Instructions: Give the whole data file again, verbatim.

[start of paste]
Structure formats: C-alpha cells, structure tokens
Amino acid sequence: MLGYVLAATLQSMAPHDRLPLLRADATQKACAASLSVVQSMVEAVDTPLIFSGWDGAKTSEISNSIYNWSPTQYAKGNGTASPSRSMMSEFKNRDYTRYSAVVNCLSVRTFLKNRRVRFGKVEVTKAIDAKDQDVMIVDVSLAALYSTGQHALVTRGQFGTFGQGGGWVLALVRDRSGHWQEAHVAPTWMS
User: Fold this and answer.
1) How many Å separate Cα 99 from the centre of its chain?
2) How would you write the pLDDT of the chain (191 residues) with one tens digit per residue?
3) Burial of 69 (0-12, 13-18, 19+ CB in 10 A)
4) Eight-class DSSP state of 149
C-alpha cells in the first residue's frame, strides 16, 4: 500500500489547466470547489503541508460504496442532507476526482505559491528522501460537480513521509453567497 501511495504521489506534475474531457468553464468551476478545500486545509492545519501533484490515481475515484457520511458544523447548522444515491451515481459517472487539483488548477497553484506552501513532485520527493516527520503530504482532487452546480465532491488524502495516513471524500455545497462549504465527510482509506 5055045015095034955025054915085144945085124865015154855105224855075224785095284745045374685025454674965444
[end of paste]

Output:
Structure formats: C-alpha cells, structure tokens
Amino acid sequence: MLGYVLAATLQSMAPHDRLPLLRADATQKACAASLSVVQSMVEAVDTPLIFSGWDGAKTSEISNSIYNWSPTQYAKGNGTASPSRSMMSEFKNRDYTRYSAVVNCLSVRTFLKNRRVRFGKVEVTKAIDAKDQDVMIVDVSLAALYSTGQHALVTRGQFGTFGQGGGWVLALVRDRSGHWQEAHVAPTWMS
User: Fold this and answer.
1) How many Å separate Cα 99 from the centre of its chain?
2) How would you write the pLDDT of the chain (191 residues) with one tens digit per residue?
3) Burial of 69 (0-12, 13-18, 19+ CB in 10 A)
4) Eight-class DSSP state of 149
C-alpha cells in the first residue's frame, strides 16, 4: 500500500489547466470547489503541508460504496442532507476526482505559491528522501460537480513521509453567497 501511495504521489506534475474531457468553464468551476478545500486545509492545519501533484490515481475515484457520511458544523447548522444515491451515481459517472487539483488548477497553484506552501513532485520527493516527520503530504482532487452546480465532491488524502495516513471524500455545497462549504465527510482509506 5055045015095034955025054915085144945085124865015154855105224855075224785095284745045374685025454674965444